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Burst modes of up to 11 frames per second are available.


Both battery and the single SD card slot are accessible through a door at the bottom. You can of course use Sony’s modern memory sticks instead. The battery life is rated at 360 photos using the viewfinder and 410 shots using the rear monitor. Movie recording is rated at 70/75 minutes. You charge the battery in place using a Micro-B USB socket on the left-hand side of the camera. I would love to see that connection retired in favour of USB Type-C.

Sony a6400

Next to that is a Type-D micro-HDMI connector for output and a 3.5mm socket for microphone input.

The Sony a6400 supports both Wi-Fi (2.4GHz only) and Bluetooth. You can use Sony’s clever app on your phone for transferring photos or remotely controlling the camera.


The 16 to 50mm lens provided in the bundled unit is fairly compact when the camera is switched off. It extends out by about 25mm when the camera is on. It has a maximum aperture of f/3.5 to f/5.6.

The camera itself has no optical stabilisation, so look for lenses with that OIS built in. Sony’s version is called Optical Steady Shot. This lens implements Optical Steady Shot.

The lens has a slide control on the side. Push it up or down to zoom in or out. If you prefer – and that’s something I prefer – you can instead use the control ring around the lens. That felt a little clunky in use, with the control motor seeming to lag by a tiny amount. When you’re in manual focus mode, that turns into a focus ring instead.


Pretty much regardless of lens, it’s worth choosing the “DMF” – Direct Manual Focus – mode. This is the same as auto focus mode, giving you the options for scene, area, pinpoint focus and so on. But while you’re holding the shutter release at half press you can then tweak the focus manually. That’s great for doing things like shooting a bird that’s a branch or two back in a tree. Cameras often want to focus on the closest branch.

Sony also sent down the Sony/Zeiss Vario Tessar FE 16-35mm FA ZA OSS lens. This one costs $1,799, or more than three times the cost of the bundled lens. I thought it would be fun to compare their performance. I didn’t do a comprehensive analysis, but it was clear that at the centre of the images, there was very little separating them in performance. The more expensive lens provided a slightly bolder contrast and slightly more subtle colours. At the edges of the image, though, the cheaper lens lost resolution while the Zeiss lens retained sharpness.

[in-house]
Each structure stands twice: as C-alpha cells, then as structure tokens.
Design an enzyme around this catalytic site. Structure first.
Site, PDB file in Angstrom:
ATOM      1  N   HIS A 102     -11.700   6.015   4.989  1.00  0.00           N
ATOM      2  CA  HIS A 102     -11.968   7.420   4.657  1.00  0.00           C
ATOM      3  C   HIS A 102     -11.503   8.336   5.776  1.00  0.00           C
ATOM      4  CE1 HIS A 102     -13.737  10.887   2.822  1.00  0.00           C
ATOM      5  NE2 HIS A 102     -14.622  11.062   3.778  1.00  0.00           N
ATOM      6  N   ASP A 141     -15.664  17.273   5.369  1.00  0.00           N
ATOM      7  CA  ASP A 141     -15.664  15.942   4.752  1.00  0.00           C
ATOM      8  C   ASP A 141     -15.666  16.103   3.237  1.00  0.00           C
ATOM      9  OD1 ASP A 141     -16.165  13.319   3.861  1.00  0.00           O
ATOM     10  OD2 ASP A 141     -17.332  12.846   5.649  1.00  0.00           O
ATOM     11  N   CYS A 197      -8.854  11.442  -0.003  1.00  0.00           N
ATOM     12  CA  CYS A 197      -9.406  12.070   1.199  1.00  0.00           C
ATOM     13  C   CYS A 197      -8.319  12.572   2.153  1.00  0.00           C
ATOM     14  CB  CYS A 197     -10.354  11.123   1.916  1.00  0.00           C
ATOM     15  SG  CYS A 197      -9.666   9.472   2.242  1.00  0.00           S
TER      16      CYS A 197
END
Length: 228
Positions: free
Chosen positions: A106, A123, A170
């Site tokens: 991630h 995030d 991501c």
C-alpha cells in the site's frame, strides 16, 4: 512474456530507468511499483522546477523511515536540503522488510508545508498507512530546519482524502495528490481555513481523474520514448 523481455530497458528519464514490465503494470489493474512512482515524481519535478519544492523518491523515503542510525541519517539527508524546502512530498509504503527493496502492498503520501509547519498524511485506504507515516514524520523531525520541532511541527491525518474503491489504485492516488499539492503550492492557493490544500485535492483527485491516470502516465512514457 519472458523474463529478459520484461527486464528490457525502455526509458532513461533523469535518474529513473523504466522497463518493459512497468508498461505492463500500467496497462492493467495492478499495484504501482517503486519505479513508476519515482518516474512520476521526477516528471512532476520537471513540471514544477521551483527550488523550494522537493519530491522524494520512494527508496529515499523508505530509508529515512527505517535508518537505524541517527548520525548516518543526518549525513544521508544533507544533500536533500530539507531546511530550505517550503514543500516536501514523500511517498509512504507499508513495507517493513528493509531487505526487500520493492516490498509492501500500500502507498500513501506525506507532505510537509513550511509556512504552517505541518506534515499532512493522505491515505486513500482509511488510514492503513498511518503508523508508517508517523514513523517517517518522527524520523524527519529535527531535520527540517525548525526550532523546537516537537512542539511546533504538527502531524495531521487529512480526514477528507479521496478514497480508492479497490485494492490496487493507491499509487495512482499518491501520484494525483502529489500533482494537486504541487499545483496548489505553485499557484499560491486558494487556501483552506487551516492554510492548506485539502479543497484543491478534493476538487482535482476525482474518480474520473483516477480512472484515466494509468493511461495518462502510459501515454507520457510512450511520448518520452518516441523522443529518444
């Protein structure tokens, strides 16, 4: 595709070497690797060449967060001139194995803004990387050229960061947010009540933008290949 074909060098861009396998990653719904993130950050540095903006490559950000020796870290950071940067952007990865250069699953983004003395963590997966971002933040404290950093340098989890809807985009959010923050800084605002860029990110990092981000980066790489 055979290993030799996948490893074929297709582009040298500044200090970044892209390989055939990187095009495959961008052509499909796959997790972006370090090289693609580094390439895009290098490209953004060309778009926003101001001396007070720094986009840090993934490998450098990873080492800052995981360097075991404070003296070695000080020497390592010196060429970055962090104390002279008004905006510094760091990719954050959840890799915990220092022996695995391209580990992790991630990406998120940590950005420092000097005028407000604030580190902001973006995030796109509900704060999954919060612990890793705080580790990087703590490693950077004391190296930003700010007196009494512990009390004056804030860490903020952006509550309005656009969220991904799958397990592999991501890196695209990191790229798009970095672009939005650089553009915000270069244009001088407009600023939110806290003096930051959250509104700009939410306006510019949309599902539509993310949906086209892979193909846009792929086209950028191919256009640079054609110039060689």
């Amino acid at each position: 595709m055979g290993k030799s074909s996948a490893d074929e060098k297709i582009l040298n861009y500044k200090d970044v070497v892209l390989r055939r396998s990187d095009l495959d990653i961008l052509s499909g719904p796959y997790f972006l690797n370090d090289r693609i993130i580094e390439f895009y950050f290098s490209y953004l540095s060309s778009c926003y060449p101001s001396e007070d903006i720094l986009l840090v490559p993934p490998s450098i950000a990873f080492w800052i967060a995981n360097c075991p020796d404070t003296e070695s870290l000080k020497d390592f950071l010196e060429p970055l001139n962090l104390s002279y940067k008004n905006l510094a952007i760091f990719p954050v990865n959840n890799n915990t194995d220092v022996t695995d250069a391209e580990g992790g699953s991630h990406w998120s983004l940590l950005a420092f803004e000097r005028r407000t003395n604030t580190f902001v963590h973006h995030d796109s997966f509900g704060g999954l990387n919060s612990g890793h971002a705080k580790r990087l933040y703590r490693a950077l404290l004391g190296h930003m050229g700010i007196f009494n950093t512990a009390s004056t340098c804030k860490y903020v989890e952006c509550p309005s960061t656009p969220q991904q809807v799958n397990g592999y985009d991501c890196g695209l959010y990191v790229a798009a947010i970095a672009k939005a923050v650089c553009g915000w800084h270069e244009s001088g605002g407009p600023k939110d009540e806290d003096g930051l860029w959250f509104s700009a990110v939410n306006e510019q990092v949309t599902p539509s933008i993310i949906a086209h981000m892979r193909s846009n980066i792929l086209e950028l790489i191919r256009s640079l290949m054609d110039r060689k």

Taking photos with the Sony a6400

For the most part the camera was easy to use. But since it has so many of the manual control features of a high-end camera, you can get things wrong.

For example, at one point I took several photos under lowish light. Quality wasn’t imperative since they were just to illustrate an object. But when I popped the card into my computer, I was pretty started by the terrible quality. The pictures were all extremely grainy. I had the camera on “Aperture” mode – that’s my default – with the aperture on the particular lens at f/4, its maximum. Yet the shutter speed was up on 1/4000th of a second.

I soon found out that I’d somehow accidentally, unknowingly, managed to set the camera’s ISO to a fixed 65,535. No wonder it was grainy! I cancelled that and retook the photos. The ISO control button and dial was pretty much under the heel of my thumb, so I figure I must have pressed it while holding the camera. Be careful.

Of course, if I’d just left the camera on full auto mode, I’d have never had that problem in the first place.

That was a rare event, though. For the most part the camera did its stuff with no problems. Autofocus was fast. As is usually the case, Sony specifies an insanely fast speed. It says 1/50th of a second, but that’s not the sense I had. Nonetheless, I almost never found myself having to wait for focus to be found. When it wasn’t found satisfactorily, it was usually because I’d somehow gotten the area of focus into the wrong place.

Sony a6400

The camera was light in my hand and the shutter release was well graduated, allowing me to hold half-press with reasonable ease.